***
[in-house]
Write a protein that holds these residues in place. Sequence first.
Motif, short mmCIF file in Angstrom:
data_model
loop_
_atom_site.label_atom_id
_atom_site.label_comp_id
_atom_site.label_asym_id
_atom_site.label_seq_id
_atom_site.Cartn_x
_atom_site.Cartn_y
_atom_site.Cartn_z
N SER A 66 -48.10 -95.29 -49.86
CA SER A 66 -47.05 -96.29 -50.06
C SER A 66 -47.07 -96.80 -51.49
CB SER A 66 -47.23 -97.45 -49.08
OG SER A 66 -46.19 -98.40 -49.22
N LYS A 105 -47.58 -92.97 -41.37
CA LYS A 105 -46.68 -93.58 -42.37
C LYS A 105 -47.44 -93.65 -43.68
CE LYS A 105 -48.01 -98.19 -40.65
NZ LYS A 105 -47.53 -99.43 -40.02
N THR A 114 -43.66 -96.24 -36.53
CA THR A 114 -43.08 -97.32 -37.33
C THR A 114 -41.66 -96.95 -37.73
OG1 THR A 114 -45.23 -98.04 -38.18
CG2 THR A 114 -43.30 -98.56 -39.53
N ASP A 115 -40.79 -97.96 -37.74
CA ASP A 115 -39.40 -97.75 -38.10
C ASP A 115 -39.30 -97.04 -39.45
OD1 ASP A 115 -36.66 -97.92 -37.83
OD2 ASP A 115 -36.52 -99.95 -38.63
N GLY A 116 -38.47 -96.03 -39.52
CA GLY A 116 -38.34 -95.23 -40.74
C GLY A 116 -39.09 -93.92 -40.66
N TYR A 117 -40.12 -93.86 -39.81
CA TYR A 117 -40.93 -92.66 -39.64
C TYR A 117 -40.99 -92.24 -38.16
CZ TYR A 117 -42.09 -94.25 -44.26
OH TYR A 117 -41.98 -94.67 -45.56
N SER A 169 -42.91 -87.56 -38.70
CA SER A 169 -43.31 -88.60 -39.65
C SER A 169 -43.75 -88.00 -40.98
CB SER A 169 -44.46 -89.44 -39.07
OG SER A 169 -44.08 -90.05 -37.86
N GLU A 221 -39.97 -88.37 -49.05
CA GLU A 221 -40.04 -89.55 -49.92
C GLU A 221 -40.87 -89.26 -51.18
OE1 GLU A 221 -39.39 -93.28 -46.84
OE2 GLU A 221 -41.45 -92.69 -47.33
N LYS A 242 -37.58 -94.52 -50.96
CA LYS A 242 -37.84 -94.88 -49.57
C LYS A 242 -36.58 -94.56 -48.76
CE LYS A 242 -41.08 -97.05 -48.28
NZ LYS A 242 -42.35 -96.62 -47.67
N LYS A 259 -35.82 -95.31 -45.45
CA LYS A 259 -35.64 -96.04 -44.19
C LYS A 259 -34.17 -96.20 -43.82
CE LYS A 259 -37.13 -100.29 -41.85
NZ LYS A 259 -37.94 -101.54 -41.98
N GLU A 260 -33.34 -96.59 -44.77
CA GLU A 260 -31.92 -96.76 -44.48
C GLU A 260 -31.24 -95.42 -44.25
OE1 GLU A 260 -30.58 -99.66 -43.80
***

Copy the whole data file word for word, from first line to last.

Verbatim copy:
[in-house]
Write a protein that holds these residues in place. Sequence first.
Motif, short mmCIF file in Angstrom:
data_model
loop_
_atom_site.label_atom_id
_atom_site.label_comp_id
_atom_site.label_asym_id
_atom_site.label_seq_id
_atom_site.Cartn_x
_atom_site.Cartn_y
_atom_site.Cartn_z
N SER A 66 -48.10 -95.29 -49.86
CA SER A 66 -47.05 -96.29 -50.06
C SER A 66 -47.07 -96.80 -51.49
CB SER A 66 -47.23 -97.45 -49.08
OG SER A 66 -46.19 -98.40 -49.22
N LYS A 105 -47.58 -92.97 -41.37
CA LYS A 105 -46.68 -93.58 -42.37
C LYS A 105 -47.44 -93.65 -43.68
CE LYS A 105 -48.01 -98.19 -40.65
NZ LYS A 105 -47.53 -99.43 -40.02
N THR A 114 -43.66 -96.24 -36.53
CA THR A 114 -43.08 -97.32 -37.33
C THR A 114 -41.66 -96.95 -37.73
OG1 THR A 114 -45.23 -98.04 -38.18
CG2 THR A 114 -43.30 -98.56 -39.53
N ASP A 115 -40.79 -97.96 -37.74
CA ASP A 115 -39.40 -97.75 -38.10
C ASP A 115 -39.30 -97.04 -39.45
OD1 ASP A 115 -36.66 -97.92 -37.83
OD2 ASP A 115 -36.52 -99.95 -38.63
N GLY A 116 -38.47 -96.03 -39.52
CA GLY A 116 -38.34 -95.23 -40.74
C GLY A 116 -39.09 -93.92 -40.66
N TYR A 117 -40.12 -93.86 -39.81
CA TYR A 117 -40.93 -92.66 -39.64
C TYR A 117 -40.99 -92.24 -38.16
CZ TYR A 117 -42.09 -94.25 -44.26
OH TYR A 117 -41.98 -94.67 -45.56
N SER A 169 -42.91 -87.56 -38.70
CA SER A 169 -43.31 -88.60 -39.65
C SER A 169 -43.75 -88.00 -40.98
CB SER A 169 -44.46 -89.44 -39.07
OG SER A 169 -44.08 -90.05 -37.86
N GLU A 221 -39.97 -88.37 -49.05
CA GLU A 221 -40.04 -89.55 -49.92
C GLU A 221 -40.87 -89.26 -51.18
OE1 GLU A 221 -39.39 -93.28 -46.84
OE2 GLU A 221 -41.45 -92.69 -47.33
N LYS A 242 -37.58 -94.52 -50.96
CA LYS A 242 -37.84 -94.88 -49.57
C LYS A 242 -36.58 -94.56 -48.76
CE LYS A 242 -41.08 -97.05 -48.28
NZ LYS A 242 -42.35 -96.62 -47.67
N LYS A 259 -35.82 -95.31 -45.45
CA LYS A 259 -35.64 -96.04 -44.19
C LYS A 259 -34.17 -96.20 -43.82
CE LYS A 259 -37.13 -100.29 -41.85
NZ LYS A 259 -37.94 -101.54 -41.98
N GLU A 260 -33.34 -96.59 -44.77
CA GLU A 260 -31.92 -96.76 -44.48
C GLU A 260 -31.24 -95.42 -44.25
OE1 GLU A 260 -30.58 -99.66 -43.80